Imagine an order management application. With CQRS, you could have an “OrderApproved” event, which is caught by a database updating event handler as well as one that sends an email to the customer with order information. If you later on decide to store the order information in an accounting tool as well, all it takes is adding an event handler that does the accounting integration. And since you can reload historic events as well, you can even reconstruct historic information to put in the accounting table.
Reliable audit trail
As I said above [see section Architecture], the model that is used to process command will generate events. These events are the sole source of state changes for the domain classes. If you want to load an aggregate from persistent storage, it will actually load all the past events of that aggregate. This process is called Event Sourcing. When events become too numerous, you can combine a number of historic events into a single snapshot event. The events that have been combined can then be archived for auditing purposes.
Event Sourcing turns your event storage into an extremely reliable audit trail. The events do no only show what happened and when, but they will also reveal the intention a user had. Not only is it an audit trail that will never move out-of-sync with your application, you can use the audit trail to actually replay all actions in the application. Events are not just a notification of state change, they are also the source of state change.
Transparent distributed processing
When using events as the trigger for state changes, you can easily distribute your application over multiple processing units (servers, JVM’s, whatever). Events can easily be serialized and sent from one server to another over JMS, via the file system or even email. The Spring Integration framework –a messaging framework – fits nicely with the event processing concept.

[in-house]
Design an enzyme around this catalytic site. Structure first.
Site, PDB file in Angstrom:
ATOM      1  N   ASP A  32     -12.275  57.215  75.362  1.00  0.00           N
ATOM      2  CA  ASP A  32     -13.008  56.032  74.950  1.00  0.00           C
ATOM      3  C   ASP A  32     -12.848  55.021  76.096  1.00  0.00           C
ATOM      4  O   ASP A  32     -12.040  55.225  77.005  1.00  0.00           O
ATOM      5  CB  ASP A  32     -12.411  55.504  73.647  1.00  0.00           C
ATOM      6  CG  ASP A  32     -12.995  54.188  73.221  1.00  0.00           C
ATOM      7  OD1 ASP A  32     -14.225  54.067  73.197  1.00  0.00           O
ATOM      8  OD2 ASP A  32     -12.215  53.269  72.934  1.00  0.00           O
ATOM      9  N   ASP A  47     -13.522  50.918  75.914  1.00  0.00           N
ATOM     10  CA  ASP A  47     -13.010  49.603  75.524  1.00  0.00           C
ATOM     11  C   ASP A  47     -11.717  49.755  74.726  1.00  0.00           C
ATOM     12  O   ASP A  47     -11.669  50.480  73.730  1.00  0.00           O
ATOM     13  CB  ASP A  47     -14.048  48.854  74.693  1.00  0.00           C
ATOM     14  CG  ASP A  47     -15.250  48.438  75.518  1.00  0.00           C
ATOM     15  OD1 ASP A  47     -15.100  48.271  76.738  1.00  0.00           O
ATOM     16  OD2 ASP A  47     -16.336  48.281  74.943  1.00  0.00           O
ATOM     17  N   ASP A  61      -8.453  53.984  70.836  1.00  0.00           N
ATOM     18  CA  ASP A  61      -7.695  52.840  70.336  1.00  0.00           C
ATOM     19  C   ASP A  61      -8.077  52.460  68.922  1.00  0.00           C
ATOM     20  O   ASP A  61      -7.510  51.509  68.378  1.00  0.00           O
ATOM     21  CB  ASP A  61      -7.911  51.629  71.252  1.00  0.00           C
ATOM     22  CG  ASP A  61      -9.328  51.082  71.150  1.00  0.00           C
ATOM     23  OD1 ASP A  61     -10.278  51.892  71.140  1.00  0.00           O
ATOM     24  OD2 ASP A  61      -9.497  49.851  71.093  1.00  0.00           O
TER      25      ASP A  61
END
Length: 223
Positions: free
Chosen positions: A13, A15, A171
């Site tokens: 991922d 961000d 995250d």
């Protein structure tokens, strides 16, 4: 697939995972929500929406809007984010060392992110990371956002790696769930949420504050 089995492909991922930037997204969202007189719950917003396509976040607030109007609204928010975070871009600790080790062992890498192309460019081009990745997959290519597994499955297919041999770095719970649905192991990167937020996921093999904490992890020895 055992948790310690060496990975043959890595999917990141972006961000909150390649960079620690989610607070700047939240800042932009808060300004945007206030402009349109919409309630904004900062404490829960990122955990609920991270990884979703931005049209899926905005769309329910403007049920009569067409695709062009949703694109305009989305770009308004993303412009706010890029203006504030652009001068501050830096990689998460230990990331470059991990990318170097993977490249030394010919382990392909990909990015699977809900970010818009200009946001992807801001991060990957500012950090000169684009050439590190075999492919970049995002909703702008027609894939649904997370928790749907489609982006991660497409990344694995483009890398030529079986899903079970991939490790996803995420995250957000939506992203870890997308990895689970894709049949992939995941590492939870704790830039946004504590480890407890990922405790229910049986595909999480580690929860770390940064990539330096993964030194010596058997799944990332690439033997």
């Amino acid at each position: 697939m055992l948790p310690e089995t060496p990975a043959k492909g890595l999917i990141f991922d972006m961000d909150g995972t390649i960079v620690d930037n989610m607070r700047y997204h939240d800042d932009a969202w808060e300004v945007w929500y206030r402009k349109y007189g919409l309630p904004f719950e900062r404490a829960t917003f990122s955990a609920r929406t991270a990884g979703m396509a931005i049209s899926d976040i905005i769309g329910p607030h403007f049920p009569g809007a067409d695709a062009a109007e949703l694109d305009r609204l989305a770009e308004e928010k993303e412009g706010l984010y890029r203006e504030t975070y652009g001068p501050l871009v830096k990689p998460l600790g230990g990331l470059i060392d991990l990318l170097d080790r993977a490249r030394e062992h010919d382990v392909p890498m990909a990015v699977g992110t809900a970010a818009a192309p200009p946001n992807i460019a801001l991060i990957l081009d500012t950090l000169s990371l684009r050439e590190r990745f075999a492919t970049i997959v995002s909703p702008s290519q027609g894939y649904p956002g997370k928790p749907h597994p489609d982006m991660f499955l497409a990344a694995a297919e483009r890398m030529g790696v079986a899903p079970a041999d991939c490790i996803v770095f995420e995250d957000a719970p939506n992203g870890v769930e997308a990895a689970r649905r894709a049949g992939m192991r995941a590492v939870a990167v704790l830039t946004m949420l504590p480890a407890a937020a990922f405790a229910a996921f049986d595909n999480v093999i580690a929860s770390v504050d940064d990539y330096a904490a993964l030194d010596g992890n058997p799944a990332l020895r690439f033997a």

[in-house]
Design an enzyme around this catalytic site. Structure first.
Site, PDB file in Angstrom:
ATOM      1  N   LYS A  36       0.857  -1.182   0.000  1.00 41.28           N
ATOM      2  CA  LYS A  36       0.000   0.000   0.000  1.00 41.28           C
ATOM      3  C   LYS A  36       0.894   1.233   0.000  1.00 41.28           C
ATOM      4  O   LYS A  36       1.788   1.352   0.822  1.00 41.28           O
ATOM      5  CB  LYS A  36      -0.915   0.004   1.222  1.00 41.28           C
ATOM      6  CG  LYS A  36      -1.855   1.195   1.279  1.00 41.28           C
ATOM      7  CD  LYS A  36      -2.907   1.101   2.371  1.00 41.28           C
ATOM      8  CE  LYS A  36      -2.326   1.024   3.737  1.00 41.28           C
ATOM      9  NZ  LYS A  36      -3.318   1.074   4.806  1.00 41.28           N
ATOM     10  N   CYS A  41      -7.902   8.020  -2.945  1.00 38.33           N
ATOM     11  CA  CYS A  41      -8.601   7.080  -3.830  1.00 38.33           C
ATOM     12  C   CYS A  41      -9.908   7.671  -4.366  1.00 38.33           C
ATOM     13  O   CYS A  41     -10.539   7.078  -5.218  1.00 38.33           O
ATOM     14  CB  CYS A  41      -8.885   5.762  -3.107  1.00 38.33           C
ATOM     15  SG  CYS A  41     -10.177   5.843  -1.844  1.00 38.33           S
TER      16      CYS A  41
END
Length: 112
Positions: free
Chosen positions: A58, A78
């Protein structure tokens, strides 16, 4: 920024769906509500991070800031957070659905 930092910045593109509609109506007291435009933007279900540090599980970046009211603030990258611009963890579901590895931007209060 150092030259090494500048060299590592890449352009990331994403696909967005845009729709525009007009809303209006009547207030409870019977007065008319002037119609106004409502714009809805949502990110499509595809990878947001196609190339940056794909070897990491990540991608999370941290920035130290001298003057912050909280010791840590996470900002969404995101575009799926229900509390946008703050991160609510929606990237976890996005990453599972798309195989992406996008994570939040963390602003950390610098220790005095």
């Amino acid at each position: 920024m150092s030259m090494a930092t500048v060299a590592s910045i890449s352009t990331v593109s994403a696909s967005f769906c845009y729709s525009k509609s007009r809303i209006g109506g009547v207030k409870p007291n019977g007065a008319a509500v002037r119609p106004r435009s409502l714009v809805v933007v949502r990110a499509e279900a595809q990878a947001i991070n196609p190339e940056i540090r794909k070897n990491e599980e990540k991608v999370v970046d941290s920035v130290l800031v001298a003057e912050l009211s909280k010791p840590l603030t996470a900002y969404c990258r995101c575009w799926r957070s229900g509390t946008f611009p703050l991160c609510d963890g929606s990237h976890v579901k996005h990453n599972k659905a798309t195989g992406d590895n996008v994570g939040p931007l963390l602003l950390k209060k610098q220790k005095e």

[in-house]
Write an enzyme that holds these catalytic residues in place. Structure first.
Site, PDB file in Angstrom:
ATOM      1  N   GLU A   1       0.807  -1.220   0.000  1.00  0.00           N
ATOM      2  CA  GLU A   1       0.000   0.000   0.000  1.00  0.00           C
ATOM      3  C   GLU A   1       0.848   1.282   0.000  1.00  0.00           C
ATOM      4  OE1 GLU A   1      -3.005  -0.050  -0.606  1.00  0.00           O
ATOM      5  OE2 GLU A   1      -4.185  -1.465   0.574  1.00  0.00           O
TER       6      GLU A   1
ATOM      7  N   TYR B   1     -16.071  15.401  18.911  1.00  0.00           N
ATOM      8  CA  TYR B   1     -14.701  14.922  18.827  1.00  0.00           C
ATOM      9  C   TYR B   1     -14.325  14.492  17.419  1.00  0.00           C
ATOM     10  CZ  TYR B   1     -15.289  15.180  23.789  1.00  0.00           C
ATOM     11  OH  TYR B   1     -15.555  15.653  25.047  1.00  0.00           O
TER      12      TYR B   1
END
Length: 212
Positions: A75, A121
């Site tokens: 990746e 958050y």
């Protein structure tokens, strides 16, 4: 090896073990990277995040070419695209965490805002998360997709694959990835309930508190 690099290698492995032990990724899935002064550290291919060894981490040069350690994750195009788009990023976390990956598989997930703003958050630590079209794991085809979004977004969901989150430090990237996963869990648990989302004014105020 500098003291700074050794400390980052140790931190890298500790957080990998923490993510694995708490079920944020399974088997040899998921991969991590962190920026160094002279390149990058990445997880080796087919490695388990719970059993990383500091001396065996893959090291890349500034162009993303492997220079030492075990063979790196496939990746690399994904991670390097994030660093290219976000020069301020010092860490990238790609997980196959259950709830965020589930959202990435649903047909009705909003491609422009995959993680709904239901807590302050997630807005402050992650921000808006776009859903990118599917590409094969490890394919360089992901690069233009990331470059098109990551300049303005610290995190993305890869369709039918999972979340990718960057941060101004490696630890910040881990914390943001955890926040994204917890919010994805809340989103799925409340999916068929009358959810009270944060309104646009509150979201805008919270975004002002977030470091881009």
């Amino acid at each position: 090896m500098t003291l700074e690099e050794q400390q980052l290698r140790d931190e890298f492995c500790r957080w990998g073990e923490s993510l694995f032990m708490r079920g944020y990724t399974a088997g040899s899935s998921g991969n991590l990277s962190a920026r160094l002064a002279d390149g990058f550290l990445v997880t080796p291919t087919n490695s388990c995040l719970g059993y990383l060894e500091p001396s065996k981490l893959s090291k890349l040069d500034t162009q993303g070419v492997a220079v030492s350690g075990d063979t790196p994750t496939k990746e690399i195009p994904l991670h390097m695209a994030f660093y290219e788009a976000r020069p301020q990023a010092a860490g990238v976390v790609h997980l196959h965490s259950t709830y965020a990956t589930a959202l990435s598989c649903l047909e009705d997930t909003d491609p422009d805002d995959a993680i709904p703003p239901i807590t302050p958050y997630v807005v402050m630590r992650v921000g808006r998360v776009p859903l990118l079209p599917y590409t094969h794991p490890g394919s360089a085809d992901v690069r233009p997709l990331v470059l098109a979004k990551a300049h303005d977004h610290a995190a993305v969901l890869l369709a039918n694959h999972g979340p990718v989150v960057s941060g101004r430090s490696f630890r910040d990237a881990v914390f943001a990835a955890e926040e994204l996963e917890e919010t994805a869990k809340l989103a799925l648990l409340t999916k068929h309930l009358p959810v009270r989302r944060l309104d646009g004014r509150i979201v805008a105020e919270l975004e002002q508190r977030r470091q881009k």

You could even let certain types of aggregates live on dedicated machines. This allows you to choose different SLA’s for different parts of you application, such as giving order creation a higher priority than sales reporting.
Performance and Scalability
Since event handling is done asynchronously, a user does not have to wait for all changes to be applied. Especially when integrating with external systems, this can improve liveness of an application significantly.
Another aspect of CQRS is that it heavily builds upon BASE (Basic Availability, Soft-state, Eventual consistency) transactions. Although the “eventual” part scares a lot of customers and developers, the price of distributed ACID transactions is one that customer typically resent. In most cases “eventual” is just a matter of several milliseconds. But you’re free to make that seconds, minutes or even hours if your SLA permits it (think of management reports that are only read once a week or month).
When you build a CQRS style application, all activity in your application is processed using events. This makes it easy to catch these events and monitor them for inconsistent behavior. Event analysis tools like Esper allow you to monitor event streams for patterns that indicate possible fraud.
For example, when you detect that a sudden large number of users has an increased amount of failed login attempts, you could decide to block these accounts for a small period of time. In one of our projects, we use RSA Adaptive Authentication to increase the level of authentication required when someone tries to login on an account that might be the subject of dictionary attacks.
cqrs4j – an open source CQRS Framework
A few days ago, I published the source code of a CQRS framework – cqrs4j – on Google code. This framework aims at reducing the amount of “plumbing” and boilerplate code to a minimum. It also provides integration support for Spring Integration and transactional event processing.
You can find project information, source code and documentation at http://code.google.com/p/cqrs4j/.
[Update: cqrs4j has been renamed to Axon Framework. You can find more information on www.axonframework.org].
Upcoming presentations and events
JTeam organizes monthly Tech Meetings, where interesting technologies are discussed. The January 2010 edition will contain a presentation about CQRS. Registration is required, but free of charge. The tech meeting is held on January 7th in our office in Amsterdam [directions] and starts at 16:00. It includes dinner. Send us an email if you like to attend.
The DDDnl user group organizes a presentation and discussion session on March 9th, starting at 18:00. It is also held at the JTeam office in Amsterdam [directions]. Attendance requires registration with the DDDnl user group, which is completely free of charge. Visit dddnl.org for more information.